Do you ever wonder how exactly a creature that you have seen eat the most vile things imaginable (poop, puke, a dead mouse that one time) could have the audacity to turn up his furry little nose at a perfectly fine bowl of dog kibble? Well, thanks to my dog, Jinx, and his refined palate, I have spent far too long pondering just that.
After he had a taste of the good life, in the form of fancy refrigerated dog food with real chunks of chicken in it, ole Jinxy refused to go back to his regular room temperate kibble. He staged a proper pupper protest, walking right past his dog bowl and giving me a look that said “REALLY?”
Since dogs do not understand when you try to kindly explain to them that you’re not made of money and therefore cannot afford a fancy two-bowls-of-chicken-a-day habit, nor do they understand that you just opened a full bag of kind-of-expensive-but-not-as-expensive-as-chicken-dog-food dog food that you don’t go to waste, what’s a gal to do? Well, the answer, thanks to Lifehacker is make seasoning for dog food. Ok, sure. Let’s do this.
Making dog food seasoning is apparently fairly easy. Originally thought up by Reddit user ucffool to get a picky cat to eat, all you have to do is crush up their favorite treats, put them into an old seasoning bottle and sprinkle on your pet’s food and voila seasoning to entice your pet to it. To see if this would work, I did what I do every time I start cooking … I grabbed a hammer? I placed several of my dog’s most flavorful seeming treats, beef and cheese flavor T-Bonz, into a plastic bag and began to smash away with my hammer. It was pretty ineffective. I did manage to rip a hole in the plastic bag with the hammer, switch to a plastic container, break the treats into slightly smaller pieces, with some treat dust and the smell of which whipped Jinx into a frenzy.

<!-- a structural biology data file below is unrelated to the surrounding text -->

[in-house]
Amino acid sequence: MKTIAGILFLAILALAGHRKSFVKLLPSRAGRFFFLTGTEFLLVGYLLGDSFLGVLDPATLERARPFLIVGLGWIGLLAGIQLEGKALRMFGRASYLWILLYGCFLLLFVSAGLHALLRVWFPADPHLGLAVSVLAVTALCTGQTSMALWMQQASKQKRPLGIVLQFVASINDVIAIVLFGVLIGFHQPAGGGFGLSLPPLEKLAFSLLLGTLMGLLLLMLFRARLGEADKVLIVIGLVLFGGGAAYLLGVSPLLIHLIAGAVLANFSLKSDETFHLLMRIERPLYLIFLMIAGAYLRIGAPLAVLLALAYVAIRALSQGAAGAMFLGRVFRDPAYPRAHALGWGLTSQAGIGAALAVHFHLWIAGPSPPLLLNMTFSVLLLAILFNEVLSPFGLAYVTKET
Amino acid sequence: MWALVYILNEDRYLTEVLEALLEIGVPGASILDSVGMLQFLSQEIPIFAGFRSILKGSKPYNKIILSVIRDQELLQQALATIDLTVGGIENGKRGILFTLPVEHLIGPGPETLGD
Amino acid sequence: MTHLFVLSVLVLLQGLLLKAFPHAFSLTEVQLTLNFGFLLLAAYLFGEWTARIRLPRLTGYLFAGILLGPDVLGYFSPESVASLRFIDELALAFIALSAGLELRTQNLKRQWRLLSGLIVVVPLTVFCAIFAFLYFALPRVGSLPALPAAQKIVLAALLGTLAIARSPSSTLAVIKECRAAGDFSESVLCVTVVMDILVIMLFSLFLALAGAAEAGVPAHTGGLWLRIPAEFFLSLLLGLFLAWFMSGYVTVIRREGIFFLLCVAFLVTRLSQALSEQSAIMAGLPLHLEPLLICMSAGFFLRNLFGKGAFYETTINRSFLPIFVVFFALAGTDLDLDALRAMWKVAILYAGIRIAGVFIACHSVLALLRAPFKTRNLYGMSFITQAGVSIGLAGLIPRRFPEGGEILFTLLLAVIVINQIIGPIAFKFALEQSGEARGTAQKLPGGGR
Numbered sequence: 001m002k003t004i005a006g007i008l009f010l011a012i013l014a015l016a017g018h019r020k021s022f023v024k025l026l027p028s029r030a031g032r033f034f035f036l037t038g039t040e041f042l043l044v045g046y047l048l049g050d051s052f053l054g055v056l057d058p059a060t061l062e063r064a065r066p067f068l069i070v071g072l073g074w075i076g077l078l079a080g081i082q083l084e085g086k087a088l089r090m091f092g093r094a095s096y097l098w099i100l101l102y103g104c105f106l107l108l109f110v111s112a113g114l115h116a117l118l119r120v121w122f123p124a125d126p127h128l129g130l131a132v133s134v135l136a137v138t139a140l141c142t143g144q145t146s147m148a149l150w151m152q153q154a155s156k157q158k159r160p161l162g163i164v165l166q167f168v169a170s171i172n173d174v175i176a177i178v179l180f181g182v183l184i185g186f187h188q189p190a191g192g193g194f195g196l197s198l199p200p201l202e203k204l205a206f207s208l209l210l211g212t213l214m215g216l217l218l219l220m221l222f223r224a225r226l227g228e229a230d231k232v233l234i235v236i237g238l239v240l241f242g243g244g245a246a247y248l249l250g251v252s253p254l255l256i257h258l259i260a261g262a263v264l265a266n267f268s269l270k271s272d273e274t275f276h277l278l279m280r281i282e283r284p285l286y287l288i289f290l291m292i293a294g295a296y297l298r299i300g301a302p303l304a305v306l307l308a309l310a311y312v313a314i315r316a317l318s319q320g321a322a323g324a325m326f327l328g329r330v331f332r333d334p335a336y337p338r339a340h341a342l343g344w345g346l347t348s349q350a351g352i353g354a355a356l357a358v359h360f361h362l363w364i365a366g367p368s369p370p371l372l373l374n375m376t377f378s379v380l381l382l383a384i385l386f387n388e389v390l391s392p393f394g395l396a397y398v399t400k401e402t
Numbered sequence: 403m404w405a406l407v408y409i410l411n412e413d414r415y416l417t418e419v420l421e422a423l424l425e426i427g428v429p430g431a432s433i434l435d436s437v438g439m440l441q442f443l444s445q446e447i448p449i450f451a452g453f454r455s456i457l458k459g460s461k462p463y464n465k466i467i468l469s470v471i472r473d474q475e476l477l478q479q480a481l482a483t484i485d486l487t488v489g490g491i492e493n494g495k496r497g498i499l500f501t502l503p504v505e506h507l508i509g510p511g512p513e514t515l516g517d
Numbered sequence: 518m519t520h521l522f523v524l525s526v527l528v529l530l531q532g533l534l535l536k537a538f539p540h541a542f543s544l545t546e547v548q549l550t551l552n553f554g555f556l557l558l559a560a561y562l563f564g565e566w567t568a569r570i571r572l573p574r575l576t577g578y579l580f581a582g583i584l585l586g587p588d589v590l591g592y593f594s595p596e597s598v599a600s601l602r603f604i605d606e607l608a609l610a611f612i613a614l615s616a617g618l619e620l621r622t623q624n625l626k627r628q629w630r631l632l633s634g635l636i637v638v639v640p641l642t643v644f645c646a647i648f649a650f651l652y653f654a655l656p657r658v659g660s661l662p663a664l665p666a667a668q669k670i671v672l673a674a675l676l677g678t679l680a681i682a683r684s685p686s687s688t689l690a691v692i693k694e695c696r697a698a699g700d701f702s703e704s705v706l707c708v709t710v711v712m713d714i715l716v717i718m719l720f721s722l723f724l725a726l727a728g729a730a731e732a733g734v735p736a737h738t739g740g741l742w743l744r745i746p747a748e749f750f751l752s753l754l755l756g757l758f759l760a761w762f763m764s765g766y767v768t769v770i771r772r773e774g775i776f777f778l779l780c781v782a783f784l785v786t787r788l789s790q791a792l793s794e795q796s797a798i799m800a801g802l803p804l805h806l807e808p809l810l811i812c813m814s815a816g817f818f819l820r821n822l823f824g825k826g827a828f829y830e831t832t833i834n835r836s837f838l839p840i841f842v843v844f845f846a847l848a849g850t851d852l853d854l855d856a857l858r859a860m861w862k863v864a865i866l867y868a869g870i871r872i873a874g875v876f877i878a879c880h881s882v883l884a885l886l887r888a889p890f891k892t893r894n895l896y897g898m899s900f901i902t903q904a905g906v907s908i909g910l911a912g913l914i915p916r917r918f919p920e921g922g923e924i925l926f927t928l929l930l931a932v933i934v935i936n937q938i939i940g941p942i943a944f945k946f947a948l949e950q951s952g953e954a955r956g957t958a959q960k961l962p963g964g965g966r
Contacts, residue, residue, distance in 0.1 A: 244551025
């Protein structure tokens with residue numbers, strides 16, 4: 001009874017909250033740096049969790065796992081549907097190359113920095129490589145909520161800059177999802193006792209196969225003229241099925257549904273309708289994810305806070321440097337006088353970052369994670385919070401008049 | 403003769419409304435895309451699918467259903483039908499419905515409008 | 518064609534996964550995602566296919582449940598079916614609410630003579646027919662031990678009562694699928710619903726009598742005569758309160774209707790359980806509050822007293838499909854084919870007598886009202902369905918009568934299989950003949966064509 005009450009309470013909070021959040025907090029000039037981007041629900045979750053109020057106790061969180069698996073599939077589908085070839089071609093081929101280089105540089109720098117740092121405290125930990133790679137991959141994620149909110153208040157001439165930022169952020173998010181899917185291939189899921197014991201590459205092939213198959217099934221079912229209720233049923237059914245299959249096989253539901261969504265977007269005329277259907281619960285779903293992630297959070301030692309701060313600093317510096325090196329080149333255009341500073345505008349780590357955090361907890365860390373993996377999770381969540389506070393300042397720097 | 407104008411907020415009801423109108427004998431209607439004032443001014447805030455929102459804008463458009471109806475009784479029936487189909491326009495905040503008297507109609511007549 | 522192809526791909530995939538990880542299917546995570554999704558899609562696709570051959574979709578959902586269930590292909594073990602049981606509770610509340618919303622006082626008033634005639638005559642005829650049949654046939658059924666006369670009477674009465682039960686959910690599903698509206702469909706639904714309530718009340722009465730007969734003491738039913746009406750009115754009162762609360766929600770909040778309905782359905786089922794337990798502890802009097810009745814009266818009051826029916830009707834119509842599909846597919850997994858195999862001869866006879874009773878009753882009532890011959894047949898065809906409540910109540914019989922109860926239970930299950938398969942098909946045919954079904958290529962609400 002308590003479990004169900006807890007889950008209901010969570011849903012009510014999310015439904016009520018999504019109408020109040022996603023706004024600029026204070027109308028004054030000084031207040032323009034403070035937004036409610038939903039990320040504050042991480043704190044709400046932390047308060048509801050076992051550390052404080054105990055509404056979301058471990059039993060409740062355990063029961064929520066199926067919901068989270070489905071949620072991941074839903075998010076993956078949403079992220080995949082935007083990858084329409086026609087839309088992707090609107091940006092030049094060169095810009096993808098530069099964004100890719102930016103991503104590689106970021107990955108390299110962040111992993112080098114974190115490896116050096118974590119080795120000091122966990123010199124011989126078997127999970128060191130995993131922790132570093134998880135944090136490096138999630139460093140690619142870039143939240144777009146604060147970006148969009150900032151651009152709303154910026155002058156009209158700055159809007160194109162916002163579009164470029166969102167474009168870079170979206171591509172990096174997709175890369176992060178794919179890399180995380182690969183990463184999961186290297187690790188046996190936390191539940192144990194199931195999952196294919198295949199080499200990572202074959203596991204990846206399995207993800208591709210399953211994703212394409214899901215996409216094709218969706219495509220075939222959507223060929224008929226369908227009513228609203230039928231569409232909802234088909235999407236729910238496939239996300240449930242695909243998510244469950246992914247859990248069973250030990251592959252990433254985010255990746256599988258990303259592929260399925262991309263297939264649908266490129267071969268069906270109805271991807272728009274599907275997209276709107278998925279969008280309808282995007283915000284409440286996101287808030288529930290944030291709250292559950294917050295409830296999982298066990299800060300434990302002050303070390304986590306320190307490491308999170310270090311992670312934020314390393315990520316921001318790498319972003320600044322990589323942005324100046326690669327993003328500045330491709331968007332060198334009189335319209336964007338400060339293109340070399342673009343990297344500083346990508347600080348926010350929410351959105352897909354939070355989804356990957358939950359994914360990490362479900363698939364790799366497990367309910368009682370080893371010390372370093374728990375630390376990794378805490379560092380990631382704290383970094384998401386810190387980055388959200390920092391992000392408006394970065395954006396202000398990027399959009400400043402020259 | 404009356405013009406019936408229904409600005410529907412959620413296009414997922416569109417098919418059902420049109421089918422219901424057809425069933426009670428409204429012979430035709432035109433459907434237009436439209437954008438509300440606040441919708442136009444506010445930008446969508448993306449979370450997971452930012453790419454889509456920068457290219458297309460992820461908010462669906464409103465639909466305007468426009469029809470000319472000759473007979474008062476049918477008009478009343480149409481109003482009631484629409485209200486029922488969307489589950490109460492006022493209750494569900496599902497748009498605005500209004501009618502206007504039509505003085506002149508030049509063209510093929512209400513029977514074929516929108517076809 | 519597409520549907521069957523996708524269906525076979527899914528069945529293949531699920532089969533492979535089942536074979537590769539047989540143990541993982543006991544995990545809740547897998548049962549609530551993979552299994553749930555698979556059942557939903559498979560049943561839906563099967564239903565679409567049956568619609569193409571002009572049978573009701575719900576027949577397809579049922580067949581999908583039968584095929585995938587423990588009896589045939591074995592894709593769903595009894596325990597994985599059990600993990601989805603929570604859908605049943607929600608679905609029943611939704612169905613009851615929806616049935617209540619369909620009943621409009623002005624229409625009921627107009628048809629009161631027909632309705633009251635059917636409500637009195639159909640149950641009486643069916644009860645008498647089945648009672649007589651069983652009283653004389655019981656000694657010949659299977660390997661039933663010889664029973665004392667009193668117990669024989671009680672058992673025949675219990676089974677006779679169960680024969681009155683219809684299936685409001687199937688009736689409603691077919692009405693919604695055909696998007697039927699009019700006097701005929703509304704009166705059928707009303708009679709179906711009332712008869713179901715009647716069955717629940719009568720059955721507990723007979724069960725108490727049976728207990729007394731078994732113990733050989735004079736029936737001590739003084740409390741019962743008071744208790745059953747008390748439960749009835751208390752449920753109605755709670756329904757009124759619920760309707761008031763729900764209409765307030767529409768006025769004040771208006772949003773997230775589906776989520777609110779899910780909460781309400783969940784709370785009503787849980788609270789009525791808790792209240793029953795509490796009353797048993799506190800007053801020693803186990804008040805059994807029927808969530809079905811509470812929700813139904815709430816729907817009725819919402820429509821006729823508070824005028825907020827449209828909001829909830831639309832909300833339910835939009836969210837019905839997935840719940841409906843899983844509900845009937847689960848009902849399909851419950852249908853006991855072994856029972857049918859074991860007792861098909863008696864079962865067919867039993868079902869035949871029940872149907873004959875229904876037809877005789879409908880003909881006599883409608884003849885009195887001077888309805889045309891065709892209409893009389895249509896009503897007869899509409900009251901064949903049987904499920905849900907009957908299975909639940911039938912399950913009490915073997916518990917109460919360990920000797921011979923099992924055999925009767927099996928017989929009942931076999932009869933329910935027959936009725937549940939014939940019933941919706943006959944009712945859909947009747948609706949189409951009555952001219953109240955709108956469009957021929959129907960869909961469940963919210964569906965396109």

In theory, I think this would work best if you had a pill crusher or rolling pin you didn’t mind tainting with dog treat dust, but since I had neither, and using a pint glass as a makeshift rolling pin did not work, I had minimal seasoning size flakes to work with. I took what little treat dust I could make, definitely not enough to fill a seasoning shaker, and sprinkled it on Jinx’s kibble like a dog whispering Salt Bae. But it worked! Jinx scarfed the seasoned food down, especially after all the preparation hype.
Was it effective? Yes. Would I do it again? No. Everything, especially me, is coated in a fine beef and cheese dust making me smell like off brand Bac’n Bits, which gives me an idea. I’m pretty sure if I found myself in a dog hunger strike situation again (and I will, thanks Jinx) it’d be easier to sprinkle a few actual Bac’n Bits onto Jinx’s unwanted kibble and save myself the trouble.
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